Thought Leadership

Innovation Versus Optimization in Mobile Apps

Amanda touches on the Hierarchy of Business Needs and discusses how its foundation is built upon revenue. Watch the video and read more

Welcome back everyone. Last week, we touched on the Hierarchy of Business Needs and discussed how its  foundation is built upon revenue. 

Now,  you haven’t seen my first video, please go back and watch it as we dive into the Hierarchy structure and provide real-world examples, then come right back!

Today, we are going to further  dive into how to isolate an opportunity for a strategic initiative within the different levels of the hierarchy and how to cycle through the process until you’ve achieved your ideal.  

Many times, throughout this process of isolate, identify, communicate and cycle, the question frequently comes up: do we have the right tools in place to achieve our ideal outcome?  

This is inevitably where the big debate between innovate vs. optimize comes into play.  Based on years of experience in this questionable space, I’m going to help you determine which strategy is best for your organization, but first, a little background

Most of our clients innovate or optimize some of their original processes they carried forward with them from the early days of their growth, meaning that many of these processes are built either on paper or in spreadsheets.  

The good news is that these types of processes are always ripe for a return on investment - there’s usually piles of cash sitting behind digitizing those processes, and for good reason.  

Earlier I mentioned that improving bottlenecks at the Process level of the Hierarchy can have immense impact at the Efficiency level, and depending on how large your team is, a digital investment can yield multiples in savings.  

First, you identify the area of digitization.  My personal favorites are processes run by paper, spreadsheets or other manual processes.  Look for spots that are bottlenecks in your process or require heavy human intervention or a lot of conversations.  Where in your organization are you most frustrated?

Next, ask yourself the following questions: 

  1. Is your workflow highly customized?  
  2. Is it a differentiating factor in your organization?  
  3. Or is it standard or relatively common in your industry?  

If your workflow is highly customized and your secret sauce, this is an indicator that you’ll want to invest in innovation.  This  is because there is likely not an existing tool on the marketplace that will give you the flexibility you need to keep your employees engaged with their existing workflows.  

Few  product companies will create a tool for only one customer, and that’s ok.  

Companies of all sizes invest regularly in custom software development in order to streamline their most important  processes, and  to gain a competitive edge in their industry.  The ultimate goal in going custom, is to achieve discreet impact designed to protect engrained, valuable workflows.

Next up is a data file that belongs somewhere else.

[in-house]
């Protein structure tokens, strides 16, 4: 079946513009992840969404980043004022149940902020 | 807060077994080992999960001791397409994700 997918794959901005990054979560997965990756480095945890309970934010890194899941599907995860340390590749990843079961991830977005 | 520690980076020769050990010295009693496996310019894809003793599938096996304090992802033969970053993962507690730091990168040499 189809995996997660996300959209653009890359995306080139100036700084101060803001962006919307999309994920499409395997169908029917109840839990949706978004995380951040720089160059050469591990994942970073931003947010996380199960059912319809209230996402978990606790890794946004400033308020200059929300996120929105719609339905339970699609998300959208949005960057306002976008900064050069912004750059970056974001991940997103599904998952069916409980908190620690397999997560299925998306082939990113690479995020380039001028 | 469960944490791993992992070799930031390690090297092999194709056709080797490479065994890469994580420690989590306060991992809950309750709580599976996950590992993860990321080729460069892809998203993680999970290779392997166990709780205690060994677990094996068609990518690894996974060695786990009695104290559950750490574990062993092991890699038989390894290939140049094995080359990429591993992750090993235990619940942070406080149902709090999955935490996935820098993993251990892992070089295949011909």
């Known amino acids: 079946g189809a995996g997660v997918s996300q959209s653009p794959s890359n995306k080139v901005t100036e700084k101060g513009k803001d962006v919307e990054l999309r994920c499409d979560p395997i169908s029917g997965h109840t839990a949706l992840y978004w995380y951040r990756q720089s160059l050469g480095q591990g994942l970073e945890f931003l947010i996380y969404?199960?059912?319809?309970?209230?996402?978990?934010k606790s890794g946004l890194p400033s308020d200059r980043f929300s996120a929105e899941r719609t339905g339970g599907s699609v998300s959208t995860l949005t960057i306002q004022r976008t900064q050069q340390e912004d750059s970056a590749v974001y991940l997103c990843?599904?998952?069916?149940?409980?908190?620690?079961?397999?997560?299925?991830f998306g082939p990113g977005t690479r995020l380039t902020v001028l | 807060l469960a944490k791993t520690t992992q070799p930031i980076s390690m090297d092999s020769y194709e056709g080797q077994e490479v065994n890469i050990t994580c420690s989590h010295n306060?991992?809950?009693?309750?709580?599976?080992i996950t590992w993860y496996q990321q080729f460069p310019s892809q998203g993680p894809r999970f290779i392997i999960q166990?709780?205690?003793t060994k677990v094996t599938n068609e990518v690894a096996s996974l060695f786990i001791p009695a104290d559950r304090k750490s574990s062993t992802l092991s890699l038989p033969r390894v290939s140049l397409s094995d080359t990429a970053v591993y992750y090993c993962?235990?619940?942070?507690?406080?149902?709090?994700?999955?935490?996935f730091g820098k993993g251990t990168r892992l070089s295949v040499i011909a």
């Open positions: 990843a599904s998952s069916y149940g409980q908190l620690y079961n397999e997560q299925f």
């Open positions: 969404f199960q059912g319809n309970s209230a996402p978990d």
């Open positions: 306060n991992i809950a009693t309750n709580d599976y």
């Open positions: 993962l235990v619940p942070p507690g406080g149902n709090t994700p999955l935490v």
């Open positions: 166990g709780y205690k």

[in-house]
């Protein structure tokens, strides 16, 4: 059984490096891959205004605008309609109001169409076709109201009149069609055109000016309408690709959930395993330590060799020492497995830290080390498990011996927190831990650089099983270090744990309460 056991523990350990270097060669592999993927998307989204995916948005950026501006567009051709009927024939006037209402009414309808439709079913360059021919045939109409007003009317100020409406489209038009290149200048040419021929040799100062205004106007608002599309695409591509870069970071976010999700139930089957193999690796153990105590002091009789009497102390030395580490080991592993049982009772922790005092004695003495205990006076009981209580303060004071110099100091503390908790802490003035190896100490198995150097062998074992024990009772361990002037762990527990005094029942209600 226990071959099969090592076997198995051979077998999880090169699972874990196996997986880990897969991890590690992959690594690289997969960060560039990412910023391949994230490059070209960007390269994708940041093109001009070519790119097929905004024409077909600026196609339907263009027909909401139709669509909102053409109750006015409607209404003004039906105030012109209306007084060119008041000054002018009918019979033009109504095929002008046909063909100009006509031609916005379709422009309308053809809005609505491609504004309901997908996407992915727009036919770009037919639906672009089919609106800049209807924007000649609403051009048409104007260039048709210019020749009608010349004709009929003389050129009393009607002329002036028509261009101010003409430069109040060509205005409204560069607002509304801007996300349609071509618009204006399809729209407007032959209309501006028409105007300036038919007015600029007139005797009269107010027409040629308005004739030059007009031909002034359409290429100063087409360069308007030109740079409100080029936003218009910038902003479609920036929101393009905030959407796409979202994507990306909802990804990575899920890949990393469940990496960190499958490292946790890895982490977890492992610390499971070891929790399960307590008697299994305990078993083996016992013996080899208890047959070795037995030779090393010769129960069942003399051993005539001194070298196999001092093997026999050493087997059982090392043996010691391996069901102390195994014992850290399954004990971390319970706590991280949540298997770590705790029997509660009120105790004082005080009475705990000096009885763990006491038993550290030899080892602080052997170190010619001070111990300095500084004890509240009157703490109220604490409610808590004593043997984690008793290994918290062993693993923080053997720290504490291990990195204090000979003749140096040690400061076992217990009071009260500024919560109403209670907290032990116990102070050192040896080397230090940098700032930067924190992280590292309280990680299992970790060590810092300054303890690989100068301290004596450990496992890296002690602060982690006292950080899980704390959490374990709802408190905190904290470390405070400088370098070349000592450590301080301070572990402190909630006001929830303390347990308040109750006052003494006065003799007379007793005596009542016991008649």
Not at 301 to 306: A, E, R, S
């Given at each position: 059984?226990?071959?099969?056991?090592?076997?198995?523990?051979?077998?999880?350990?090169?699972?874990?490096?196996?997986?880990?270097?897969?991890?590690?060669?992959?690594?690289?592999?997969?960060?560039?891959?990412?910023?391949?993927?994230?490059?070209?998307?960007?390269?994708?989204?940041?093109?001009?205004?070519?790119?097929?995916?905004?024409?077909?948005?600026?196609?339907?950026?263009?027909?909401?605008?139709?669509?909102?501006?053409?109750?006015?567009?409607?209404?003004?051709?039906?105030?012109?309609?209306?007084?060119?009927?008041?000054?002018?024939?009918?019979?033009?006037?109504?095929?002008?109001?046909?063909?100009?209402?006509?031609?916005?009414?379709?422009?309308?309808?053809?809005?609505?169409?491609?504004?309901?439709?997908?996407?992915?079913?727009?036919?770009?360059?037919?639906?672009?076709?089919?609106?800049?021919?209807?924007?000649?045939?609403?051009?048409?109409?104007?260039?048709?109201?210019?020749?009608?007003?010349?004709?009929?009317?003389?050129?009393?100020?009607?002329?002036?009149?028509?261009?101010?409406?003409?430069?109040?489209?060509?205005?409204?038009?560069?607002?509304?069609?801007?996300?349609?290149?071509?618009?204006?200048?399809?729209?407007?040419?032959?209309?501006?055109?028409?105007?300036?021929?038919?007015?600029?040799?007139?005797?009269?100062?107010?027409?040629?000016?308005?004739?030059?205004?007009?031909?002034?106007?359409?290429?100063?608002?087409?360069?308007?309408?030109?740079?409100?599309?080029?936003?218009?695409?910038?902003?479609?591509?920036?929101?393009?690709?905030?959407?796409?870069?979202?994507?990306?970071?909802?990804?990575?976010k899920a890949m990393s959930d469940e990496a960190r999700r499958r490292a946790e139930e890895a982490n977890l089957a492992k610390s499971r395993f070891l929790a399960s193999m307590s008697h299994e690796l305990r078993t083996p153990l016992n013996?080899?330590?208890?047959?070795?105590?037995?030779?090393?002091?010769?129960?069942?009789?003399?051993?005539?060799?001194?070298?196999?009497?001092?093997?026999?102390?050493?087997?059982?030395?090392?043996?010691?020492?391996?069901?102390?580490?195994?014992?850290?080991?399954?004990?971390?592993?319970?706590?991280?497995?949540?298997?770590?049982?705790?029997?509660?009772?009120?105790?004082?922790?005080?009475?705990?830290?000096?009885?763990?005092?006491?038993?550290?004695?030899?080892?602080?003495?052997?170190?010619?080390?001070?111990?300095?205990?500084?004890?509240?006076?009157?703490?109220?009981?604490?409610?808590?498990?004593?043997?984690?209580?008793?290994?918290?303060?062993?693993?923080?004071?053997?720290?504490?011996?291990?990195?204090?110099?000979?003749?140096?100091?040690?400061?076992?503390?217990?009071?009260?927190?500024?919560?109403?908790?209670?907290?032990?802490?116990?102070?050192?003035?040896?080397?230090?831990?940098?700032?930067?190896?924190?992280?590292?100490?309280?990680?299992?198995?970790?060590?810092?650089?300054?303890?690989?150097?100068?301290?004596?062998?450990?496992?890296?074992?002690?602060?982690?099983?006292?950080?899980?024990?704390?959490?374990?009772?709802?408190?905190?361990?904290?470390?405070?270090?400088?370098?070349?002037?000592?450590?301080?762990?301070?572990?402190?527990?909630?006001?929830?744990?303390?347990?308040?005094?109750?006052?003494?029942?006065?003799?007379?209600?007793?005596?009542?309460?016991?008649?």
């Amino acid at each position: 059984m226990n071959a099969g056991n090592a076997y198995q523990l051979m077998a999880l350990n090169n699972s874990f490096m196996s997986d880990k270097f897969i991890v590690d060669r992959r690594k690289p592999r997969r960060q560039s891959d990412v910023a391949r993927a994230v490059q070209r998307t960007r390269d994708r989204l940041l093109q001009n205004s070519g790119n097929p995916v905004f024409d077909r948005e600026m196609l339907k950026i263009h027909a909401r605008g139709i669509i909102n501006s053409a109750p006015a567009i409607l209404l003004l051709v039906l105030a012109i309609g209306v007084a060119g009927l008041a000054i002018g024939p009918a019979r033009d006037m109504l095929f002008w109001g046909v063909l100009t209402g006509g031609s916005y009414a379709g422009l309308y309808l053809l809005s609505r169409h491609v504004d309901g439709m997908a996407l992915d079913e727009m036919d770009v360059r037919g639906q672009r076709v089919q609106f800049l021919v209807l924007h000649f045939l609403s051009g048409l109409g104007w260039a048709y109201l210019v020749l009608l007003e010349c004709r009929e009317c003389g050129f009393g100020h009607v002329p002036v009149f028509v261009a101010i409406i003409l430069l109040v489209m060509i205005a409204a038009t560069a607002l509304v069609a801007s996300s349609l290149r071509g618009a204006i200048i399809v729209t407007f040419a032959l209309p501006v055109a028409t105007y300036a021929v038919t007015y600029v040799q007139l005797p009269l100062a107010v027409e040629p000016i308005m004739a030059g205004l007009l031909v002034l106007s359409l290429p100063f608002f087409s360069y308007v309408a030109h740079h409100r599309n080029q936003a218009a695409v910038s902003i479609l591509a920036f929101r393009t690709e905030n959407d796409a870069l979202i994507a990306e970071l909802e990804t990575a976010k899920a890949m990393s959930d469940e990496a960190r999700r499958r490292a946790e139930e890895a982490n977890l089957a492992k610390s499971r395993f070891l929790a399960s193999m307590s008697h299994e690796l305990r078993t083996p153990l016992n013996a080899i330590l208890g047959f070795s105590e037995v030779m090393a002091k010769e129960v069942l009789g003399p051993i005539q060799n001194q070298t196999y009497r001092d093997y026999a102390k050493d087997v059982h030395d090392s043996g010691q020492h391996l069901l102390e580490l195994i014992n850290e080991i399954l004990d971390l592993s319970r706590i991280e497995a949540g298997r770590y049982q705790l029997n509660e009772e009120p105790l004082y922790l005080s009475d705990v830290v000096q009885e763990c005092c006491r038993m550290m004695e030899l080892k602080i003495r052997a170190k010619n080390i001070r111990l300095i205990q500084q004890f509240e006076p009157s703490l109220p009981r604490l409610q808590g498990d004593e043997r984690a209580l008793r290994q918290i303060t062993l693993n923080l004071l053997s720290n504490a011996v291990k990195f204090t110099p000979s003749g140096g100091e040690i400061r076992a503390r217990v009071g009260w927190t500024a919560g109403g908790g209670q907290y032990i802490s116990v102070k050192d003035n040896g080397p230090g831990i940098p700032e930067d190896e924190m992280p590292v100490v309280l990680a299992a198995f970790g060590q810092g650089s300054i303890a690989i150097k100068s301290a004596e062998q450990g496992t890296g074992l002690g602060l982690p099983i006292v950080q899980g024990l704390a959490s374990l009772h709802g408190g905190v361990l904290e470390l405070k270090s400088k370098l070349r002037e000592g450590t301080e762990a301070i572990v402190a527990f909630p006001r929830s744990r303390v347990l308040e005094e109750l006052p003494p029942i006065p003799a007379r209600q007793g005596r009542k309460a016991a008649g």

In layman’s terms, you want your application  (either web or mobile) to closely mirror  what your team does on a regular basis - only  in a digital format. In this case, it’s very important not to confuse innovation with disruption.  As we’ll discuss in a second, disruption can actually be done through optimization of existing tools.  Disruption is not a prerequisite for innovation, and that’s an important distinction. 

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Consider this scenario...If your workflow is relatively standard and common in your  industry (give example of type of industry and workflow), it may be less expensive and time consuming to consider optimizing an out-of-the-box tool.  A classic example of this is Salesforce.  Salesforce is a customer relationship management system that helps track customers and tasks.  Of course, nearly everything within Salesforce is as customizable as you want it to be, and customers can modify what they want to fit their data/reporting needs, their customer follow up cadences, and their tasks and reminders.  There is a slight change in workflows in order to match the core functionality of the system, but overall, using a tool like this streamlines a relatively standard workflow without requiring too much change from your team members.

Earlier, I mentioned that disruption doesn’t always mean innovation.

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In short, disruption either eliminates or drastically changes an ingrained workflow, and this may not be relevant or helpful for your business.  

Many of our clients tend to follow the trends from previous disruptions in consumer behavior and apply that to their B2B environments with great success; however, pursuing a direct disruption requires:

  1. thoughtful planning
  2. longer timelines
  3. reserves in revenue in case the disruption backfires.  

Our most successful clients experiment with disrupting their industry through low-barrier experiments, like testing a new process on paper or spreadsheet first, observing the results and refining the approach before investing in a brand new technology to disrupt workflows.  . Disruptions can occur either through innovation or optimization efforts.  

Okay, let’s recap...

  1. Both innovation and optimization efforts can provide valuable gains for your business throughout the Hierarchy of Business Needs, 
  2. Knowing what you want to do and why will help you make sure the investments you’re making yield the outcome you want.  
  3. Building awareness around the required technical expertise, your ideal investment and timeline are critical factors in determining if you are able to tackle this project on your own or if you need to source a vendor.  

Next week, we’ll dive into the hardest part - how to effectively vet a vendor  (assuming you don’t have an internal team to help you with this.)

Talk to our team to scope your next project.